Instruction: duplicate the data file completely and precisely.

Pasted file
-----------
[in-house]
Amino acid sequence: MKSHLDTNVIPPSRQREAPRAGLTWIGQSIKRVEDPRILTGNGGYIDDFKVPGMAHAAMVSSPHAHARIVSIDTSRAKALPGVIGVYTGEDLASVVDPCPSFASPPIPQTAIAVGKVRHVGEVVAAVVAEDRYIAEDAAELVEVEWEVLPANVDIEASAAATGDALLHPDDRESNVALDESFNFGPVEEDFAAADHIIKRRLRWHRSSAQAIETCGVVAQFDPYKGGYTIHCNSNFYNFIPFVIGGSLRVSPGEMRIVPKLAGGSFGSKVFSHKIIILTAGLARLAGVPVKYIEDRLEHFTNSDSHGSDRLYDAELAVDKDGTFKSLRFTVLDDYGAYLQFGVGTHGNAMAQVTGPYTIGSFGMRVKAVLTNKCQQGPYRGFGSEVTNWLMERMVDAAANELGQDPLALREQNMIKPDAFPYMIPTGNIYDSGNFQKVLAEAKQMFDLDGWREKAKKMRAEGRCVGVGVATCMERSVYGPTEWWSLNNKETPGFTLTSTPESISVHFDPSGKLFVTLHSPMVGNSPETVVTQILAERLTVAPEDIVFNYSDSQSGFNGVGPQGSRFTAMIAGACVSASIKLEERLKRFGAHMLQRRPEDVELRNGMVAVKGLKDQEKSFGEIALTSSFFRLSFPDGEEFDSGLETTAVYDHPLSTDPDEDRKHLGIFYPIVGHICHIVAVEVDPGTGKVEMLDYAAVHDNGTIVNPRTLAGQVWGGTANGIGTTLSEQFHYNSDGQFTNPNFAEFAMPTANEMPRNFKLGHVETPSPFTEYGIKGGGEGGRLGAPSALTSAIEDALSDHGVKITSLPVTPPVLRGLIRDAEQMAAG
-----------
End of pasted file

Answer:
[in-house]
Amino acid sequence: MKSHLDTNVIPPSRQREAPRAGLTWIGQSIKRVEDPRILTGNGGYIDDFKVPGMAHAAMVSSPHAHARIVSIDTSRAKALPGVIGVYTGEDLASVVDPCPSFASPPIPQTAIAVGKVRHVGEVVAAVVAEDRYIAEDAAELVEVEWEVLPANVDIEASAAATGDALLHPDDRESNVALDESFNFGPVEEDFAAADHIIKRRLRWHRSSAQAIETCGVVAQFDPYKGGYTIHCNSNFYNFIPFVIGGSLRVSPGEMRIVPKLAGGSFGSKVFSHKIIILTAGLARLAGVPVKYIEDRLEHFTNSDSHGSDRLYDAELAVDKDGTFKSLRFTVLDDYGAYLQFGVGTHGNAMAQVTGPYTIGSFGMRVKAVLTNKCQQGPYRGFGSEVTNWLMERMVDAAANELGQDPLALREQNMIKPDAFPYMIPTGNIYDSGNFQKVLAEAKQMFDLDGWREKAKKMRAEGRCVGVGVATCMERSVYGPTEWWSLNNKETPGFTLTSTPESISVHFDPSGKLFVTLHSPMVGNSPETVVTQILAERLTVAPEDIVFNYSDSQSGFNGVGPQGSRFTAMIAGACVSASIKLEERLKRFGAHMLQRRPEDVELRNGMVAVKGLKDQEKSFGEIALTSSFFRLSFPDGEEFDSGLETTAVYDHPLSTDPDEDRKHLGIFYPIVGHICHIVAVEVDPGTGKVEMLDYAAVHDNGTIVNPRTLAGQVWGGTANGIGTTLSEQFHYNSDGQFTNPNFAEFAMPTANEMPRNFKLGHVETPSPFTEYGIKGGGEGGRLGAPSALTSAIEDALSDHGVKITSLPVTPPVLRGLIRDAEQMAAG